• Kneel with your back straight and core tight or stand up with your feet a little bit wider than hip-width apart. Hold a dumbbell in each hand and raise your arms up to shoulder-height so the weights are in the air. Rotate your wrists to make your palms face forward.
  • Press the pair of dumbbells overhead while keeping your elbows facing forward during the press.
  • Once your arms are fully extended, pause at the top. After that, return the weights slowly to starting position.

3. Basic Stiff-Leg Deadlifts

  • Stand with knees slightly bent, feet hip-width apart, holding a pair of dumbbells in your two hands.
  • Bend your knees slightly and hinge at your hips when you lower your body. Keep thinking about pushing your butt back.
  • Hold the pair of dumbbells close to your legs when you descend. Pull back on your shoulder blades and remember not to let your back arch.
  • Push through your heels to stand up straight while keeping your core tight. Keep the weights close to your shins when pulling.
General

Five Significant Health Benefits of Weightlifting

Posted by Marie Curtis on
Five Significant Health Benefits of Weightlifting

Weightlifting seems to be a daunting thing at first, but like anything else, when you give it time and practice it regularly, it will pay off for the rest of your life. Nowadays, many people are practicing weightlifting as a way to keep fit and healthy because it has a lot of benefits for adults of all ages and genders. Here are five health benefits of weightlifting when you make it a part of your workout routine.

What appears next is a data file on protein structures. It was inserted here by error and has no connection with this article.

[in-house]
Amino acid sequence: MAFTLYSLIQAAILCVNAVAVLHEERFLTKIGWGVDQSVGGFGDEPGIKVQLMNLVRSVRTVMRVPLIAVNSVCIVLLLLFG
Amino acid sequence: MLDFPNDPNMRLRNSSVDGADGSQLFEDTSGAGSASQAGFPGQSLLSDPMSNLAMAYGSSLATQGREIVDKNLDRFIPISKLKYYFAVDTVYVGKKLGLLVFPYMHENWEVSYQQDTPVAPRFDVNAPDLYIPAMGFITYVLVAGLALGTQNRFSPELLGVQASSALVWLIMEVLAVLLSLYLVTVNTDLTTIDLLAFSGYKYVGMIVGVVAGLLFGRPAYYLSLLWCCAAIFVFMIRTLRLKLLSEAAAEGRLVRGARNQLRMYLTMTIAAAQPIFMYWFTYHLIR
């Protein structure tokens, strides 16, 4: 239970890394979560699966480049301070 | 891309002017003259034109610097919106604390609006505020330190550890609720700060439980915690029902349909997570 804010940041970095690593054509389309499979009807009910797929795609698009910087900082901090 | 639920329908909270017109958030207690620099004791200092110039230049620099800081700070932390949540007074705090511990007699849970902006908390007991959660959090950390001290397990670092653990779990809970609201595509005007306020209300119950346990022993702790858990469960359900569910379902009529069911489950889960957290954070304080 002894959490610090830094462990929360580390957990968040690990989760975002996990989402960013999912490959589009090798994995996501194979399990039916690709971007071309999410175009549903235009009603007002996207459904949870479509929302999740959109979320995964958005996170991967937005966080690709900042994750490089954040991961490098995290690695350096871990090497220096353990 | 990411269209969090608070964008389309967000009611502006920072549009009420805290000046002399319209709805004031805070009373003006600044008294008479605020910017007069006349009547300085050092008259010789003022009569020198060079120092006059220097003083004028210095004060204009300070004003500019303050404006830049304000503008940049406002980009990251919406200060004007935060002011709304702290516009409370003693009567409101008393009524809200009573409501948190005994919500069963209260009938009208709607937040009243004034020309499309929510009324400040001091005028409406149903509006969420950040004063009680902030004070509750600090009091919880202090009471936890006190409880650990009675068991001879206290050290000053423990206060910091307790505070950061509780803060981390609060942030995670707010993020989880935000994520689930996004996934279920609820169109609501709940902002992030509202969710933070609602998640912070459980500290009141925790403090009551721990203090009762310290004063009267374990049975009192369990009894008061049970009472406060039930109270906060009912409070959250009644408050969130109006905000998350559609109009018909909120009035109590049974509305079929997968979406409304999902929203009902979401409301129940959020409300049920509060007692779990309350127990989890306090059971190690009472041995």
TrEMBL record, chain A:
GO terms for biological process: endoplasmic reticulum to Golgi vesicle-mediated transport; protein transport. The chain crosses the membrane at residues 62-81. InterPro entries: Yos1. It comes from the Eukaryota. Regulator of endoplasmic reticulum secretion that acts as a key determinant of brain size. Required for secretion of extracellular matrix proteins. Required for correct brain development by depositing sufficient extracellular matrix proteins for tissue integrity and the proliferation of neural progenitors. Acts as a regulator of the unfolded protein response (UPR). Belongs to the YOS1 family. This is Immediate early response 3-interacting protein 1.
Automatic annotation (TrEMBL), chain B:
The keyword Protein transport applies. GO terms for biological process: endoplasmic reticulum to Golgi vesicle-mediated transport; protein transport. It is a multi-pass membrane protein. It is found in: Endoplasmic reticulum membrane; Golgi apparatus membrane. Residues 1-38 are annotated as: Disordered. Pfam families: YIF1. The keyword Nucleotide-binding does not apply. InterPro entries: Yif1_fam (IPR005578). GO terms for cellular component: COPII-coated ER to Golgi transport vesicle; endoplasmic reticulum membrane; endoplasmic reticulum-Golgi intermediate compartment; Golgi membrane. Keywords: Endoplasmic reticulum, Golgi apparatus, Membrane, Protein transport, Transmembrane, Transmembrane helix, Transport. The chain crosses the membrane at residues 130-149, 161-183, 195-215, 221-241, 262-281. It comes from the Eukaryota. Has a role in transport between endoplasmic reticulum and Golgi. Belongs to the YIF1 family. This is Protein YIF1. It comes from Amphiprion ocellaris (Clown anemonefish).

1. Injury prevention

Weightlifting is one of the most effective ways to increase bone density and build muscles mass. It is important to build stronger bones to reduce the risk of fractures. This is the reason why if runners skip on strength training activities, they can end up injuring their knees and other body parts as well.

 2. Healthier heart

A recent study has shown that spending less than an hour on weightlifting each week could reduce the risk of suffering a heart attack or stroke by 40 to 70 percent. This might boost your cardiovascular health better than running. However, for optimal physical fitness, it is recommended that you should perform both types of exercise, for example, strength training and aerobic activity.

3. Burn calories

Technically, a cardio session burns more calories than a weightlifting one. However, weightlifting can help build muscle, meaning that you will burn calories even while at rest. Following a high-intensity weightlifting session can be considered as the afterburn effect.

4. Diabetes management

Particularly, those who are diagnosed with type 2 diabetes should include weightlifting or some other forms of strength exercises in their routine. Experts advise that you should tone your muscles in order to better control blood glucose levels.

5. Mental wellbeing

While it is clear that aerobic exercise has certain mental health benefits, the literature shows that weightlifting can also lift your spirits. According to a meta-analysis taken in 2017, weightlifting is linked to a significant anxiety reduction.